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Ex-Colored Man and Souls of Black Folk

The Autobiography of an Ex-Colored Man by James Weldon Johnson and The Souls of Black Folk by W. E. B. Du Bois offer interesting contrasts of genre, style, and tone.  Yet the power of the works individually is magnified in the intersection of the two –- the story of black life in America toward the beginning of the twentieth century. Ex-Colored Man and Souls of Black Folk As they dare to dream of a harmoniously integrated cultural identity in this great country, Johnson and Du Bois have an important message for Americans, both black and white.  This paper will examine the very different ways in which the authors present the problems and issues of a race newly emancipated, as well as the solutions suggested by each work.  Though the main purpose here is not to retell the stories in full, summaries will be offered as a foundation for the main thrust of this effort.  Given the scores of years that have passed since the writing of these two books, one might suppose that the message is less applicable today than when first written.  One might assume that so much progress has been made in race relations that the works would seem quaint and dated.  Sadly, such is not the case.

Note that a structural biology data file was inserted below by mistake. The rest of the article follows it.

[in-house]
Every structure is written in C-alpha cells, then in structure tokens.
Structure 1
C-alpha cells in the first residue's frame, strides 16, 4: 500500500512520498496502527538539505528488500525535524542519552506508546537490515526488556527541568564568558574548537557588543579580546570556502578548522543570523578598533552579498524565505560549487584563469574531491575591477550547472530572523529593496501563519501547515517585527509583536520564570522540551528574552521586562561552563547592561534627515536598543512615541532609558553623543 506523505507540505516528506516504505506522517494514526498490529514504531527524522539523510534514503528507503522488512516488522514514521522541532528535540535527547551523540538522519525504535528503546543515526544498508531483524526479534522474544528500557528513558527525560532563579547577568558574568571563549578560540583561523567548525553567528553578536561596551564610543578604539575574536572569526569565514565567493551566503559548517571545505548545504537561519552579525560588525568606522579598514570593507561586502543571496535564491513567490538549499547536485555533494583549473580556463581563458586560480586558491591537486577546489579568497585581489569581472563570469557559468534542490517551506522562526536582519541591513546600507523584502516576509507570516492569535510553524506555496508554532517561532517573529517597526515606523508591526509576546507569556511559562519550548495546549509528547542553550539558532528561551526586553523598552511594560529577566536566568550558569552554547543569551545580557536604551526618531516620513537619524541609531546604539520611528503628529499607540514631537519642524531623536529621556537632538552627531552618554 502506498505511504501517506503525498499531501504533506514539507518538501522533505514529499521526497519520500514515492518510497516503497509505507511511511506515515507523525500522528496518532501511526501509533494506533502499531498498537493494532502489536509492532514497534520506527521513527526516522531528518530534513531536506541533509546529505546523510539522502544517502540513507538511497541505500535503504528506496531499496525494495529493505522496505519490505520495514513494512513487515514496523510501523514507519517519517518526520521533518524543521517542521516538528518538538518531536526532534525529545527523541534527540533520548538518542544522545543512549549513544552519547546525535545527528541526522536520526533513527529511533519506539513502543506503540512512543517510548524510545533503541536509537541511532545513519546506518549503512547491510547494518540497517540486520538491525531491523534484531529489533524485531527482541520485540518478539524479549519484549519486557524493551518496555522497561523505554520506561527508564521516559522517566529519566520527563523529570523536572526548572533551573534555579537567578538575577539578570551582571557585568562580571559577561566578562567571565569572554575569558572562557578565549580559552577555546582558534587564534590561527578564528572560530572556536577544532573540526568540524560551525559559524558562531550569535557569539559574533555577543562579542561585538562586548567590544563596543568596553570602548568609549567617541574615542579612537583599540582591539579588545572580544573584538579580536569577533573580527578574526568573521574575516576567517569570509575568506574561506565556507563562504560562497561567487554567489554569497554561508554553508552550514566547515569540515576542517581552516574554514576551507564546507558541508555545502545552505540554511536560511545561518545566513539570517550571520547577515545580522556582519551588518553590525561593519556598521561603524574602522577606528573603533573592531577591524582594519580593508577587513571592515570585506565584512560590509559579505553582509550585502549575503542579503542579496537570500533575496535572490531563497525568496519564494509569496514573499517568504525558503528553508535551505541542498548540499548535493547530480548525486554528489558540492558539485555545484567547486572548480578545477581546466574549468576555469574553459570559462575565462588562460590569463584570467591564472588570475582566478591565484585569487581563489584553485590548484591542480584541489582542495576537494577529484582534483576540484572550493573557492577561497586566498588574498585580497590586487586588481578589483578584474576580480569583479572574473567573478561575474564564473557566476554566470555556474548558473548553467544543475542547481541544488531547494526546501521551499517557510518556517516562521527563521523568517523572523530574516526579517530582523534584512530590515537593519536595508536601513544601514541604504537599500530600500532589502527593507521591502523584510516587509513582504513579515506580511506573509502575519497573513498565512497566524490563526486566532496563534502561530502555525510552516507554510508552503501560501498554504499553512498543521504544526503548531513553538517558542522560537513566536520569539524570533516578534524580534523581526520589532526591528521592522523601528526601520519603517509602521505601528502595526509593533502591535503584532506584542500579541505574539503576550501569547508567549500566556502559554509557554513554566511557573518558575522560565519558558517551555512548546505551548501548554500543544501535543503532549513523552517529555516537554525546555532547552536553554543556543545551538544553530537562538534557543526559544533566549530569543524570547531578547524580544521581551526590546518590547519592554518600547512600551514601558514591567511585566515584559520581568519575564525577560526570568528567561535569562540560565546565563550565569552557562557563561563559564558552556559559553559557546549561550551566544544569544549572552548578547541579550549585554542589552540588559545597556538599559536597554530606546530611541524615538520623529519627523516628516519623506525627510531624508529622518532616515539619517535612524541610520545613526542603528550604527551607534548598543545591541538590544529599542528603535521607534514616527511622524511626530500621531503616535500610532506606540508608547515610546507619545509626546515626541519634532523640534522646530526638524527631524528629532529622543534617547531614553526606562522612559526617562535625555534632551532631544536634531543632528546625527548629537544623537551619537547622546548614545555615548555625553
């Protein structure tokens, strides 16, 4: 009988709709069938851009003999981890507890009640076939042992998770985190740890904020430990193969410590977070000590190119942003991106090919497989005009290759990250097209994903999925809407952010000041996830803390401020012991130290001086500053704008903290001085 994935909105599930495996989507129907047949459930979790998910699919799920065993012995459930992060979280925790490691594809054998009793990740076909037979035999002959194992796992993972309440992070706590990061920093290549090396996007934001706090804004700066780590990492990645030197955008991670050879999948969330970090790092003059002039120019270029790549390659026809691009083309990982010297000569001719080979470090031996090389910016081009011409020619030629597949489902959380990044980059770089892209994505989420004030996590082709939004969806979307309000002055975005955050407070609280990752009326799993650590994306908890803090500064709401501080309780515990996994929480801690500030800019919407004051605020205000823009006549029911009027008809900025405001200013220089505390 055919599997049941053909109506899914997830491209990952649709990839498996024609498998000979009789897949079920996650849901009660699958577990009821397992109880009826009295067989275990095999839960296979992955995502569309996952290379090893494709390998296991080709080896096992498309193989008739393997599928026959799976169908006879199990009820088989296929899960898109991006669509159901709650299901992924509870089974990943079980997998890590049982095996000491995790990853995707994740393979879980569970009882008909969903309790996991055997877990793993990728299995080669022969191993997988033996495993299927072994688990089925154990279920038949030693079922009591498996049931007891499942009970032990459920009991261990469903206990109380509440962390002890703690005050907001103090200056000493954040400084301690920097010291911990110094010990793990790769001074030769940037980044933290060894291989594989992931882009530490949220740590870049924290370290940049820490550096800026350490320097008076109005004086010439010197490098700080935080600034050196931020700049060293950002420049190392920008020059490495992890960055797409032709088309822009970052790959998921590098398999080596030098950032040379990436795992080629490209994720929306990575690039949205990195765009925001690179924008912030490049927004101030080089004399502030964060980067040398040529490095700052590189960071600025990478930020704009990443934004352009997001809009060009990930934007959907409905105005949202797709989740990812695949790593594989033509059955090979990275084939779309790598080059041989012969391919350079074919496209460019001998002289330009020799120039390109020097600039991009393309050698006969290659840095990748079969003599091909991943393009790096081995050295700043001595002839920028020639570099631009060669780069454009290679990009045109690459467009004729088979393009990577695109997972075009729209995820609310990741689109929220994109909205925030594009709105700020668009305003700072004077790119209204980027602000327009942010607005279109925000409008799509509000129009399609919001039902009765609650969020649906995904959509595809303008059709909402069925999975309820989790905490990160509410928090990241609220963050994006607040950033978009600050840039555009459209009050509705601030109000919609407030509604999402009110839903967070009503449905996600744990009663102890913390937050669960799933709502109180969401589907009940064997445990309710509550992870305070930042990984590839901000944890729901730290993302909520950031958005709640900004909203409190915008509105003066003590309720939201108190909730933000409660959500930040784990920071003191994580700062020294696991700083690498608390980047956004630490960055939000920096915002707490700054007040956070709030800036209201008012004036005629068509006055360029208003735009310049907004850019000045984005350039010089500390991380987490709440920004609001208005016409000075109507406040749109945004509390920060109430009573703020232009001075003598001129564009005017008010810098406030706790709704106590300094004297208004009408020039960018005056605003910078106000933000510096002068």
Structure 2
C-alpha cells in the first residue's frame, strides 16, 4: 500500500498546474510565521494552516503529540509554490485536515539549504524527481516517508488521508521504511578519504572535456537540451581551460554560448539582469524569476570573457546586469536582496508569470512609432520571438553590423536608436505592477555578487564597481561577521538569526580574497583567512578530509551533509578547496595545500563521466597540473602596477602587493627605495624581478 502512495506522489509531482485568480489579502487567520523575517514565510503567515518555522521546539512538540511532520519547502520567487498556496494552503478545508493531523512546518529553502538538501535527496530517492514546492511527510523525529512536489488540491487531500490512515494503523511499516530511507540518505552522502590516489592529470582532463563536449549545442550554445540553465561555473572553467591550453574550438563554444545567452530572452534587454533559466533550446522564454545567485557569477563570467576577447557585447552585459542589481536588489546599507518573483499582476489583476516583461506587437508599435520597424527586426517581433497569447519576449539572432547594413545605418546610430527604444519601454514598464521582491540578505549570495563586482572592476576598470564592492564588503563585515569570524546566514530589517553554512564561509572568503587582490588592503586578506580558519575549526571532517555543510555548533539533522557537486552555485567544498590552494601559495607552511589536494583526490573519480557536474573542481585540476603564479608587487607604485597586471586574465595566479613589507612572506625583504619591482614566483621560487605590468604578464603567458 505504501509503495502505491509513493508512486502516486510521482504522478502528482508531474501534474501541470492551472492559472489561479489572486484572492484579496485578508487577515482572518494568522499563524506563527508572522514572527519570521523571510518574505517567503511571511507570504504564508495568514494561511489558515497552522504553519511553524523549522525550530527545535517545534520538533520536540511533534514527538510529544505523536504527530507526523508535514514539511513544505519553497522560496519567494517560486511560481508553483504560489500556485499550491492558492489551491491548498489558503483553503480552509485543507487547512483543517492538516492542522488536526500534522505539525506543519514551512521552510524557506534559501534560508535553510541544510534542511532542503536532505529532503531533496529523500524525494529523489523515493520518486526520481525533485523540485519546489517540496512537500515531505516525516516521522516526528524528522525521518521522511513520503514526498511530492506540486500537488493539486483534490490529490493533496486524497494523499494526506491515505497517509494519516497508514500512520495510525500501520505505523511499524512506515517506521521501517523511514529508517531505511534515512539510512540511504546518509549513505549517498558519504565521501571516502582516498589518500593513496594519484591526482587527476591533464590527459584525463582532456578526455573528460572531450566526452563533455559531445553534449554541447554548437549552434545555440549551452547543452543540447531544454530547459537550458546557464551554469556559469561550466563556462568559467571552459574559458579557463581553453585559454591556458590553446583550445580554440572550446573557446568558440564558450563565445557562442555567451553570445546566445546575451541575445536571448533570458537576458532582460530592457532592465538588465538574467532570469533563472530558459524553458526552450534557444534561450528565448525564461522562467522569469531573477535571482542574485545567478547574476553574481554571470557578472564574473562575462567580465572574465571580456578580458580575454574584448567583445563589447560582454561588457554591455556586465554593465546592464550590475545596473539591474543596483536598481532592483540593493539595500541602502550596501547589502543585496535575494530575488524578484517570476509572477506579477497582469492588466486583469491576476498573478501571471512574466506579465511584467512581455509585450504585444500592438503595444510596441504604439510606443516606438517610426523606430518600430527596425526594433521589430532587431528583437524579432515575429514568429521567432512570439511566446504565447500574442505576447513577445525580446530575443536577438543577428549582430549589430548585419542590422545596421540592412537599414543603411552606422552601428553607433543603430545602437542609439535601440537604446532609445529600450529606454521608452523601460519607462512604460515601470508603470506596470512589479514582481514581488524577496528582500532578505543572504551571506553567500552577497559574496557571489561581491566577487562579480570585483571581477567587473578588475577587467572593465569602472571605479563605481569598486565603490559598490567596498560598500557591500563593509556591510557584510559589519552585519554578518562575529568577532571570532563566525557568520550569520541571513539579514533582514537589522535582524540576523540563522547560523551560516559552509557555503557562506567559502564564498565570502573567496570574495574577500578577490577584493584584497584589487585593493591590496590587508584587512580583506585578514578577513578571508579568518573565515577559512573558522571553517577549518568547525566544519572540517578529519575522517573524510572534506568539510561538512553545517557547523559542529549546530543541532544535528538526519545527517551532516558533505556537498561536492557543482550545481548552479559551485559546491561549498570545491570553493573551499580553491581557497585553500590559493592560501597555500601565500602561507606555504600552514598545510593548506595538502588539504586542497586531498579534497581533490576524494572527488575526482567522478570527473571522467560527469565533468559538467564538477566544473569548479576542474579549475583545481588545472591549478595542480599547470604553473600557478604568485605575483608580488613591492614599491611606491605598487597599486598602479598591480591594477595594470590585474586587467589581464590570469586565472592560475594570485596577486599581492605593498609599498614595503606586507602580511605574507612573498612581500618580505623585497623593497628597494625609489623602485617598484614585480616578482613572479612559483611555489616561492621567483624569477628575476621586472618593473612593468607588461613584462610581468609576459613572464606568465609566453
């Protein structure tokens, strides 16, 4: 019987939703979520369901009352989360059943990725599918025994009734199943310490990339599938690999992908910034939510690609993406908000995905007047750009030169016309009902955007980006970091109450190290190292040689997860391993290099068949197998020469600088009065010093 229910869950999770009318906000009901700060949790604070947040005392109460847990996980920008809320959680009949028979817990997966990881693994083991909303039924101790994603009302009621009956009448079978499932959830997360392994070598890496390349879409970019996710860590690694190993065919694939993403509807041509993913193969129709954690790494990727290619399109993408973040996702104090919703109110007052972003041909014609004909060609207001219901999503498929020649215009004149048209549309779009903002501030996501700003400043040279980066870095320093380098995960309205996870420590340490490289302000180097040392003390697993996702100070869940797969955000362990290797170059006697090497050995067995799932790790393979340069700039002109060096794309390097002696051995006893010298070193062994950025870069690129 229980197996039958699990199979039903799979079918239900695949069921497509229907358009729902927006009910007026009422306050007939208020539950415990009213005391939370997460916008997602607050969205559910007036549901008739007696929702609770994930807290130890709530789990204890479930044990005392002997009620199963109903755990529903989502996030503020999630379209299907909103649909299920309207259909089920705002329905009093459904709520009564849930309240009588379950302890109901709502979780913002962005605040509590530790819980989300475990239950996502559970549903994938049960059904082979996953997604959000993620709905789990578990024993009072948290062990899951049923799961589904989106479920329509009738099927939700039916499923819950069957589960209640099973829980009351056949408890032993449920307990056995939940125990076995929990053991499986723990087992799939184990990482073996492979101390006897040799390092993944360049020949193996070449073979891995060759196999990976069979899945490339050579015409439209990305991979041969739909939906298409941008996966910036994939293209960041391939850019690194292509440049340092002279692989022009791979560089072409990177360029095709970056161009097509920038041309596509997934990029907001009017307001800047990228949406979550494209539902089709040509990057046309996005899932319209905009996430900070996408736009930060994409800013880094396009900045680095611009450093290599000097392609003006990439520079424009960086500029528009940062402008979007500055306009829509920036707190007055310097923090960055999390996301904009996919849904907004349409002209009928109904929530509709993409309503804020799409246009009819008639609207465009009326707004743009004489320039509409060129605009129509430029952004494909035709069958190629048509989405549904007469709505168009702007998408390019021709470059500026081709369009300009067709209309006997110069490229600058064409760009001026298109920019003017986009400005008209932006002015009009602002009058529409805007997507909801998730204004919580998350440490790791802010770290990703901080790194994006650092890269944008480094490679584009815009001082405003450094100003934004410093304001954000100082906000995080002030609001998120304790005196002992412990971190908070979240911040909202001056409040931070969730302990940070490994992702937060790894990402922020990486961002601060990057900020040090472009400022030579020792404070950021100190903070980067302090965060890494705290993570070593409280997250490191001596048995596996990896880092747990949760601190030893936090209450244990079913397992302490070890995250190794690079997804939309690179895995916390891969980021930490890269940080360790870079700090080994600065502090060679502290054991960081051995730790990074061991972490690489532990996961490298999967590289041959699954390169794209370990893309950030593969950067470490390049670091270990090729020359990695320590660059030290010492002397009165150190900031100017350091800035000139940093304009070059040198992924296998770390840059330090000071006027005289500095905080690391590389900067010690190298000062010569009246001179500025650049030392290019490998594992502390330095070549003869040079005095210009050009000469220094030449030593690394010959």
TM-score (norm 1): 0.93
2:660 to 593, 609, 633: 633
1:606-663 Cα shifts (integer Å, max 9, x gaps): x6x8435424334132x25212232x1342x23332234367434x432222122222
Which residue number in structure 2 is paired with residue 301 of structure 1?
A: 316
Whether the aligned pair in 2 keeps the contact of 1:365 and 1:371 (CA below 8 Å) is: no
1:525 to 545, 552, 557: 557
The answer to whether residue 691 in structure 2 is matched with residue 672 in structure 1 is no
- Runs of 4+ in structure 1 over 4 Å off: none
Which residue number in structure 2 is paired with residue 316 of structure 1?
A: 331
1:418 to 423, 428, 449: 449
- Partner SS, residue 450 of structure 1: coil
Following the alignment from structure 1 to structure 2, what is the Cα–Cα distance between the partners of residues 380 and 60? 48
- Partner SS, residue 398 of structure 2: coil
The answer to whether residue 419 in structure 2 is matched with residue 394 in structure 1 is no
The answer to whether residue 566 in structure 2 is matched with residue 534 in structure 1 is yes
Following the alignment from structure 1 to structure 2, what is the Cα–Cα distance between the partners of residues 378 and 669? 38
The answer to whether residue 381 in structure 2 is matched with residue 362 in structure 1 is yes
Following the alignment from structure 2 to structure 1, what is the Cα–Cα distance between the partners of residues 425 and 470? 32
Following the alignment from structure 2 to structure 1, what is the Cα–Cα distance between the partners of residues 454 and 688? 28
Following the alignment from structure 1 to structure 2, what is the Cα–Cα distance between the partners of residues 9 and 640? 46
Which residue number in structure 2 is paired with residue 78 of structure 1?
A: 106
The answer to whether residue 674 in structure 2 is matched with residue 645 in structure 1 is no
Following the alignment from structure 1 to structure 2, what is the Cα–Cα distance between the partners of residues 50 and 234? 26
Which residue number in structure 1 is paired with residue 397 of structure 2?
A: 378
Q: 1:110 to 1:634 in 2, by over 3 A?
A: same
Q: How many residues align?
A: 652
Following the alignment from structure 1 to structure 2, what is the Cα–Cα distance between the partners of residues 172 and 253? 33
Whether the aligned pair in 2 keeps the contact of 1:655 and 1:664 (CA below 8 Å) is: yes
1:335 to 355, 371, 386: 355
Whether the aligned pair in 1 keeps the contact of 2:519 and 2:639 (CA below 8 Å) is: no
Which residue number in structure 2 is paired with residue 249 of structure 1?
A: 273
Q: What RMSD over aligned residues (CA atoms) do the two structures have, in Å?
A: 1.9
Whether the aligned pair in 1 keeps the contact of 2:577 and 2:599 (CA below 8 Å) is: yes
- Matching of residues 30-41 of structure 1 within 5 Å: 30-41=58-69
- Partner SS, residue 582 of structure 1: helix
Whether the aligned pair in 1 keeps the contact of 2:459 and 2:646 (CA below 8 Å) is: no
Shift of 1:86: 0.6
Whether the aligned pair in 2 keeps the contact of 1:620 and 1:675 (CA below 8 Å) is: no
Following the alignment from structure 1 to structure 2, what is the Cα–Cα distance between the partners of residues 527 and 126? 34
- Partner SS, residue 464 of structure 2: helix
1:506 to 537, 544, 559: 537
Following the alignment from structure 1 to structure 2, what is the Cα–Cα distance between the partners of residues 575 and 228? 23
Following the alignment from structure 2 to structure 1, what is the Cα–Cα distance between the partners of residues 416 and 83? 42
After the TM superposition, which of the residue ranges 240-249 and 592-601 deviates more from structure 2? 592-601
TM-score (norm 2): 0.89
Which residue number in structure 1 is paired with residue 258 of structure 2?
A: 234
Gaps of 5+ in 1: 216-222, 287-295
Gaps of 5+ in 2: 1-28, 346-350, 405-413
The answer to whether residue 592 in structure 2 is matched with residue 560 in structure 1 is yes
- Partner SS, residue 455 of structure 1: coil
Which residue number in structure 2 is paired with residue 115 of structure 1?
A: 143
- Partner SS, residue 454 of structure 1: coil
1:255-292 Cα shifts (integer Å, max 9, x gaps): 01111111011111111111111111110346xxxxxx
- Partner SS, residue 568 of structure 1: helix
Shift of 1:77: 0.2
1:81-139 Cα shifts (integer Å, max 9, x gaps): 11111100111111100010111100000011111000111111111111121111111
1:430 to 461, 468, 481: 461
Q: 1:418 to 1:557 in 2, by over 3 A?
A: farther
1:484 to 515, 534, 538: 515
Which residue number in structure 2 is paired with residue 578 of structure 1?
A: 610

Souls of Black Folk - Fiction

The Autobiography of an Ex-Colored Man is a work of fiction.  Though Johnson’s tale reflects the talent and skill of an advanced wordsmith, the book is infinitely readable.  And the story he tells is compelling.  The reader’s interest is piqued immediately when the author intimates that he is taking a great risk by writing his story.  Some secret is obviously at issue.  A brief summary of the story follows.

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